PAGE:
Next time you gorge on a packet of chocolate cookies or potato chips from the vending machine, perhaps it wouldn’t hurt to consider if what you really need is processed empty calories or a sense of purpose, as well as a new perspective. Artists Elizabeth Commandeur and Mark Starmach’s brainchild, “Intangible Goods”, may just help you there.
Intangible Goods is a vending machine filled with “conveniently-packaged consumables for the mind”, and is currently a part of a lineup of installation artworks for Art & About Sydney, held in Sydney, Australia’s central business district.
Instead of protein bars and energy drinks, however, bars and packets of “reassurance,” “friendship,” “belonging” and “purpose” are available for consumption. Perhaps you need a dose of reassurance before heading to your next meeting? A sense of belongingness when going to a family reunion for the first time in years, or even a taste of friendship?
The packets themselves don’t contain food, but instead consists of sundries like pencils, written notes and prompts, maps, even origami works — all for the purpose of leveling up one’s emotional and mental health.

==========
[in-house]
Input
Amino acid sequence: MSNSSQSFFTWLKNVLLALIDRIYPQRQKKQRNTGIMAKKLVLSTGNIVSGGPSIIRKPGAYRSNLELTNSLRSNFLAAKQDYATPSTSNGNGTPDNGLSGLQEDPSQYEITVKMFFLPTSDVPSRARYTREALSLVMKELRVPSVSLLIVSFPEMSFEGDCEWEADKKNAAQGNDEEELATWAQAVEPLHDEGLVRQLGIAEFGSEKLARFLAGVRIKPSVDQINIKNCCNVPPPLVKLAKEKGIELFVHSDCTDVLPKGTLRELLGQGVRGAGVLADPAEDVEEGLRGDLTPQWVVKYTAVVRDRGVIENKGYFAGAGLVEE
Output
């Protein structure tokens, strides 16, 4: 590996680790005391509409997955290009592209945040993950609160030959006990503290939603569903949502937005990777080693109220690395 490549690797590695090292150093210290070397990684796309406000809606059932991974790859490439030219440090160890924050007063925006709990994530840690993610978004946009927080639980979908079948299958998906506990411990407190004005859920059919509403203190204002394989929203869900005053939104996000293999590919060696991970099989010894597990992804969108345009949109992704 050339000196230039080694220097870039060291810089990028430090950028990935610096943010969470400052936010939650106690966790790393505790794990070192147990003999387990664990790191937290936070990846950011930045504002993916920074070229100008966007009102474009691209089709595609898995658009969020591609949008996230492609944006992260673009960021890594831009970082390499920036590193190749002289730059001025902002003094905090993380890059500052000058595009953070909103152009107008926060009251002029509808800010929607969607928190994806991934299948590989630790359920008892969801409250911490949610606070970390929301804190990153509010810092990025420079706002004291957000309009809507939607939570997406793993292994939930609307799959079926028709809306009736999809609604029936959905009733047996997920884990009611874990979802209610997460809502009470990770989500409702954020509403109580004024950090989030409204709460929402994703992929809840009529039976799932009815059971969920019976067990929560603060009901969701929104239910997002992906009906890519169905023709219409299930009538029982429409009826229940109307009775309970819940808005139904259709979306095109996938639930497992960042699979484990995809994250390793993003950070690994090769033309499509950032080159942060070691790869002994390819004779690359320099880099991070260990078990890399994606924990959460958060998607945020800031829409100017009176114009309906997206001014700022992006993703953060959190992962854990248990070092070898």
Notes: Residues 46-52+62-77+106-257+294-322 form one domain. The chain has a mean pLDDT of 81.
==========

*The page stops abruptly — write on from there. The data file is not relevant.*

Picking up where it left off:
“Intangible Goods” was “developed in collaboration with mental health professionals and presented by Art & About Sydney; each good is designed to momentarily satisfy a need higher up on Maslow’s hierarchy than, say, chocolate and crinkle-cut chips.”
It’s an art project that seems ostensibly quirky, but actually goes deeper into the surface to bring mental health advocacy to the fore. As the “Intangible Goods” installation runs from March 26 to April 8 in Sydney, all of its profits will be donated to beyondblue, the Mental Health Association NSW (WayAhead), as well as the Schizophrenia Research Institute at NeuRA. JB
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